Evidence suggests that sex-specific risk factors may contribute to women developing AD at twice the rate of men. In a study scanning the whole genome of more than 2,000 individuals from 605 families, four novel sex-specific AD genes were identified that had opposite effects on AD risk for men and women. Variations in three of these genes increased AD risk in men but seemed to be protective in women. However, the strongest association with AD risk was with the ZBTB7C gene, variants of which conferred high risk for women but protection for men. The type of protein that the ZBTB7C gene encodes has been shown to play a role in blood-brain barrier function, potentially linking increased female risk of AD to the state of the brain’s vasculature.
The study was co-led by Dr. Rudy Tanzi, Chair of the CureAlz Research Leadership Group, and CureAlz investigator and biostatistician Dr. Christoph Lange, both from Massachusetts General Hospital. Other CureAlz contributing researchers were Drs. Winston Hide (Beth Israel Deaconess Medical Center) and Lars Bertram (University of Lübeck, Germany). The results appeared in the journal Scientific Reports.
While the disproportionate impact of AD on women has been long thought to be a result of women living longer than men, research in recent years also suggests that there may be more to that than age alone and some scientists are turning their focus to genetics. With the technological advancements in DNA sequencing, all DNA in the genome can be scanned via a method known as Whole Genome Sequencing. This method allows for the search of genetic differences that associate with AD with a precision that other technologies do not provide. However, researchers are also faced with a challenge: the statistical tools needed to reliably identify positive hits from large-scale genetic data are lagging behind the technological breakthroughs and therefore also need to be advanced.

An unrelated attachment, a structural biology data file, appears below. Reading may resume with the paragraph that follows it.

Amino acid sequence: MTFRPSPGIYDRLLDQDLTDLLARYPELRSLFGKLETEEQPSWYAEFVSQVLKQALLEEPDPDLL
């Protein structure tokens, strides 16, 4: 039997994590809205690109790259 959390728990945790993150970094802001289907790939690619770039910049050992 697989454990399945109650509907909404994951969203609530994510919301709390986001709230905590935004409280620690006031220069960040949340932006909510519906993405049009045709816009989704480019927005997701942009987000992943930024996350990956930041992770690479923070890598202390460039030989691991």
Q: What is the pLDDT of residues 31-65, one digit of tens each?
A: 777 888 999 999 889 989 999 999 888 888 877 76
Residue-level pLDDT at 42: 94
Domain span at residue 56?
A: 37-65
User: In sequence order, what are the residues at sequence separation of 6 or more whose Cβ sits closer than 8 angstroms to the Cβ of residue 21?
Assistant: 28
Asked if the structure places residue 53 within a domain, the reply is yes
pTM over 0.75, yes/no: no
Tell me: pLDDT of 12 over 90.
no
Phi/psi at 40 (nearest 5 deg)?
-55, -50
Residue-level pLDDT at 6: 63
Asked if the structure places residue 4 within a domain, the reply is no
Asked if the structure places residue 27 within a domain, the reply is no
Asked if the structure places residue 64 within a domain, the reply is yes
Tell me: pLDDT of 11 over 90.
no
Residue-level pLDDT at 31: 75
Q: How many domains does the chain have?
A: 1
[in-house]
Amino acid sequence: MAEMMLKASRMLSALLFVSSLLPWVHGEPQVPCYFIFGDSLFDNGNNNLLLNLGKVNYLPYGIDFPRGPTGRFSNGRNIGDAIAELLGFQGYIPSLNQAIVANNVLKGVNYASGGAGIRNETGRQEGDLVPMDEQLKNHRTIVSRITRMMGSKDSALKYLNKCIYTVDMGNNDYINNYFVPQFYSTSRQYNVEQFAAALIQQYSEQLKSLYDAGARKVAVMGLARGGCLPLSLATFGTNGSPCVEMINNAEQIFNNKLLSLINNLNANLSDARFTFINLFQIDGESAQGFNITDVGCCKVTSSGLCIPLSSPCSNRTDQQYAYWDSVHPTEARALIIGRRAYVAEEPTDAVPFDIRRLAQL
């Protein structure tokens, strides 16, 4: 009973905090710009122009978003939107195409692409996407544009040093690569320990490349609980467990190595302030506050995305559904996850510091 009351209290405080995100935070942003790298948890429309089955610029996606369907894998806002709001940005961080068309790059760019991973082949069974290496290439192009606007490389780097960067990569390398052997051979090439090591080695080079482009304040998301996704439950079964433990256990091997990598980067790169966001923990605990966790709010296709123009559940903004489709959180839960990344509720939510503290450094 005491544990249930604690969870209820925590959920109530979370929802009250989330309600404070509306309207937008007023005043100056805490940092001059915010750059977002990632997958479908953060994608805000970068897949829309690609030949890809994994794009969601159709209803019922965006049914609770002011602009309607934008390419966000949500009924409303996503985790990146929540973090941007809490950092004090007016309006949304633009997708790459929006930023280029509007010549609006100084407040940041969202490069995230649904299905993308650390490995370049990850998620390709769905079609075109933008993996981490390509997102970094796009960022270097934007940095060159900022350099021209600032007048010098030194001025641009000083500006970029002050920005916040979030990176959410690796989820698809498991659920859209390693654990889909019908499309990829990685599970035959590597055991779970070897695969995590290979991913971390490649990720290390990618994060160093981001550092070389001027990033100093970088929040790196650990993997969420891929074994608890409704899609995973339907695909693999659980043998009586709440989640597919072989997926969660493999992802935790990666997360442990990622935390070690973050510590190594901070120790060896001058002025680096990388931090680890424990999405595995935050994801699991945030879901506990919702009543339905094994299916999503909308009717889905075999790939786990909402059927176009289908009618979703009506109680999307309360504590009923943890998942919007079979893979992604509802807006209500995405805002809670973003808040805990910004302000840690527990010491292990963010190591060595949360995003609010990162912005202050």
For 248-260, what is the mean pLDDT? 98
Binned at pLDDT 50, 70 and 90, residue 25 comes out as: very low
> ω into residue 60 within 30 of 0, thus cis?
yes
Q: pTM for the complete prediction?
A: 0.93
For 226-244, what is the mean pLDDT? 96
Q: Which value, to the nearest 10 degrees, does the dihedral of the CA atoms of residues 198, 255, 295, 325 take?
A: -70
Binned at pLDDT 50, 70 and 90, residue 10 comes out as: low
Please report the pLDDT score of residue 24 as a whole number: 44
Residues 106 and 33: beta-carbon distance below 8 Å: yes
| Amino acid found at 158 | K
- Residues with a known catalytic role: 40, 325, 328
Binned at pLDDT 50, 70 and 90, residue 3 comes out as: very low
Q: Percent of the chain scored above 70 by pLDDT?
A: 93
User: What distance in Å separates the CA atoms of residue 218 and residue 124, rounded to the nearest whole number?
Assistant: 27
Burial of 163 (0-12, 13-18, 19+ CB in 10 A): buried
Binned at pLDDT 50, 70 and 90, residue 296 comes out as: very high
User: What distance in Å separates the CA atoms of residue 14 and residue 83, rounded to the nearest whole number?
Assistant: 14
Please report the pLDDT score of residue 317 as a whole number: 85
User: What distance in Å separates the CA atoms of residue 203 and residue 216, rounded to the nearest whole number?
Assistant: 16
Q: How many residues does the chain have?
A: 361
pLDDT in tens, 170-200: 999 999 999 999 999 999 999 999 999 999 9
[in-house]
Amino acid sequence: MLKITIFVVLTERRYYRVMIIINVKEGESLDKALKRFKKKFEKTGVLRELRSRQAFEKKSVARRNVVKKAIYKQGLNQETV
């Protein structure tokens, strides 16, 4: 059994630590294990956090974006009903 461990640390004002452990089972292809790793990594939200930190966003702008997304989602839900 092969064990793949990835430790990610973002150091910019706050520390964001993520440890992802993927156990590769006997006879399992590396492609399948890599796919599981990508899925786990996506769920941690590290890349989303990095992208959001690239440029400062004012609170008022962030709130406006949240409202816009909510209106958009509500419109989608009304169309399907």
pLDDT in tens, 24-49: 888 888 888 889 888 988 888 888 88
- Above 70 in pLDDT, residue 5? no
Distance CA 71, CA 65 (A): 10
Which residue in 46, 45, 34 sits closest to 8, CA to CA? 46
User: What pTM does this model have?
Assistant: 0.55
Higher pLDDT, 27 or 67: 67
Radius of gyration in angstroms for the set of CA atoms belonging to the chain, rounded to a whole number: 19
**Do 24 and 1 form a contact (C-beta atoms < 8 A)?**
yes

The study led by Drs. Tanzi and Lange developed robust approaches to overcome the statistical challenges and implemented the new tools in the first large family-based Whole Genome Sequencing association study for sex-specific AD risk genes.
At first, the study’s genetic association analysis identified four new genes that affected AD risk in women and men differently. Implementing the new statistical tools and filtering steps revealed that the most robust gene associated with AD risk was the ZBTB7C gene. The specific genetic variant of the gene, rs1944572, conferred increased risk for AD in women and protection from AD in men.
The exact molecular mechanisms by which ZBTB7C may be contributing to risk for AD in women are yet to be elucidated and require further study. Nevertheless, the research is first of its kind and magnitude and has provided AD researchers with new opportunities to investigate genetic susceptibility to AD in women.
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Winston Hide, Ph.D., Beth Israel Deaconess Medical Center. Lars Bertram, M.D., University of Lübeck, Christoph Lange, Ph.D., Harvard Medical School, Rudolph Tanzi, Ph.D., Massachusetts General Hospital